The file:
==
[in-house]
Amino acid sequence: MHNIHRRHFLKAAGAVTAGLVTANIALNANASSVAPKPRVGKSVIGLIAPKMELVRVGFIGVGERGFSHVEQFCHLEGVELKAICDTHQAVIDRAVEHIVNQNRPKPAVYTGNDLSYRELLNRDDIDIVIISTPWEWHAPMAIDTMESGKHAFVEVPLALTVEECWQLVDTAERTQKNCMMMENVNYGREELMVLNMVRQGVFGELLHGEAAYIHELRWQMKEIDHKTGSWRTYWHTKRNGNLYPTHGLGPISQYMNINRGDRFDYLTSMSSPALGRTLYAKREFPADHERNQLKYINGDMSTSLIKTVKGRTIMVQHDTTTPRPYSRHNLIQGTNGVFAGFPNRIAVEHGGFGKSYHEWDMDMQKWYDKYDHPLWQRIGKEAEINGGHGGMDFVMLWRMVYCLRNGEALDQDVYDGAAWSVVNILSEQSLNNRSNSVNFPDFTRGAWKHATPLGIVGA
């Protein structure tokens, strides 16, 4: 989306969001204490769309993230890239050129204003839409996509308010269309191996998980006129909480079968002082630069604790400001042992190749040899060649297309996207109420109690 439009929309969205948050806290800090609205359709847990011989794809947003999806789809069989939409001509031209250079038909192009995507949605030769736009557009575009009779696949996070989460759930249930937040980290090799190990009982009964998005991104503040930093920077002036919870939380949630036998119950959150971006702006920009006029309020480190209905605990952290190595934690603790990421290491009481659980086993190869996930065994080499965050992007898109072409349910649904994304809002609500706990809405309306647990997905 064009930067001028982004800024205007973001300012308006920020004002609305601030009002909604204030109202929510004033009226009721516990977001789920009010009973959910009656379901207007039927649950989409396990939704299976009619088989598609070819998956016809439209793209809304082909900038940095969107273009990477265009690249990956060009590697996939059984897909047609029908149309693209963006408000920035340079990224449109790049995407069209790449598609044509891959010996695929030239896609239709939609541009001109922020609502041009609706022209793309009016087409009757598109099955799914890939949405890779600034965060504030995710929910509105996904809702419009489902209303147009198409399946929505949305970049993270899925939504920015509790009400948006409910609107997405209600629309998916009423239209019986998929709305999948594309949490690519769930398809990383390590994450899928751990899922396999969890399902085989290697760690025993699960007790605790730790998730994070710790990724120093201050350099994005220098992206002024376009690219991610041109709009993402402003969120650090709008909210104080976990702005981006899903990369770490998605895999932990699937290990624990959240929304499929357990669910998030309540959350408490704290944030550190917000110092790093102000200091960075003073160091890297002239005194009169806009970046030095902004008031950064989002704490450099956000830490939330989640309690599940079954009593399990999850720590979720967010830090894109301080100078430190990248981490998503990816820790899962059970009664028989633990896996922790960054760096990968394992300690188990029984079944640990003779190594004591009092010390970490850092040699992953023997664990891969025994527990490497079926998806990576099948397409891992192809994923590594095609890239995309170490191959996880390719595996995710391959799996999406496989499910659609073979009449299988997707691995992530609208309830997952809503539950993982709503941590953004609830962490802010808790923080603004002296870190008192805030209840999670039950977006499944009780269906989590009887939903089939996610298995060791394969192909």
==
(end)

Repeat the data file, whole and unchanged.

[in-house]
Amino acid sequence: MHNIHRRHFLKAAGAVTAGLVTANIALNANASSVAPKPRVGKSVIGLIAPKMELVRVGFIGVGERGFSHVEQFCHLEGVELKAICDTHQAVIDRAVEHIVNQNRPKPAVYTGNDLSYRELLNRDDIDIVIISTPWEWHAPMAIDTMESGKHAFVEVPLALTVEECWQLVDTAERTQKNCMMMENVNYGREELMVLNMVRQGVFGELLHGEAAYIHELRWQMKEIDHKTGSWRTYWHTKRNGNLYPTHGLGPISQYMNINRGDRFDYLTSMSSPALGRTLYAKREFPADHERNQLKYINGDMSTSLIKTVKGRTIMVQHDTTTPRPYSRHNLIQGTNGVFAGFPNRIAVEHGGFGKSYHEWDMDMQKWYDKYDHPLWQRIGKEAEINGGHGGMDFVMLWRMVYCLRNGEALDQDVYDGAAWSVVNILSEQSLNNRSNSVNFPDFTRGAWKHATPLGIVGA
């Protein structure tokens, strides 16, 4: 989306969001204490769309993230890239050129204003839409996509308010269309191996998980006129909480079968002082630069604790400001042992190749040899060649297309996207109420109690 439009929309969205948050806290800090609205359709847990011989794809947003999806789809069989939409001509031209250079038909192009995507949605030769736009557009575009009779696949996070989460759930249930937040980290090799190990009982009964998005991104503040930093920077002036919870939380949630036998119950959150971006702006920009006029309020480190209905605990952290190595934690603790990421290491009481659980086993190869996930065994080499965050992007898109072409349910649904994304809002609500706990809405309306647990997905 064009930067001028982004800024205007973001300012308006920020004002609305601030009002909604204030109202929510004033009226009721516990977001789920009010009973959910009656379901207007039927649950989409396990939704299976009619088989598609070819998956016809439209793209809304082909900038940095969107273009990477265009690249990956060009590697996939059984897909047609029908149309693209963006408000920035340079990224449109790049995407069209790449598609044509891959010996695929030239896609239709939609541009001109922020609502041009609706022209793309009016087409009757598109099955799914890939949405890779600034965060504030995710929910509105996904809702419009489902209303147009198409399946929505949305970049993270899925939504920015509790009400948006409910609107997405209600629309998916009423239209019986998929709305999948594309949490690519769930398809990383390590994450899928751990899922396999969890399902085989290697760690025993699960007790605790730790998730994070710790990724120093201050350099994005220098992206002024376009690219991610041109709009993402402003969120650090709008909210104080976990702005981006899903990369770490998605895999932990699937290990624990959240929304499929357990669910998030309540959350408490704290944030550190917000110092790093102000200091960075003073160091890297002239005194009169806009970046030095902004008031950064989002704490450099956000830490939330989640309690599940079954009593399990999850720590979720967010830090894109301080100078430190990248981490998503990816820790899962059970009664028989633990896996922790960054760096990968394992300690188990029984079944640990003779190594004591009092010390970490850092040699992953023997664990891969025994527990490497079926998806990576099948397409891992192809994923590594095609890239995309170490191959996880390719595996995710391959799996999406496989499910659609073979009449299988997707691995992530609208309830997952809503539950993982709503941590953004609830962490802010808790923080603004002296870190008192805030209840999670039950977006499944009780269906989590009887939903089939996610298995060791394969192909």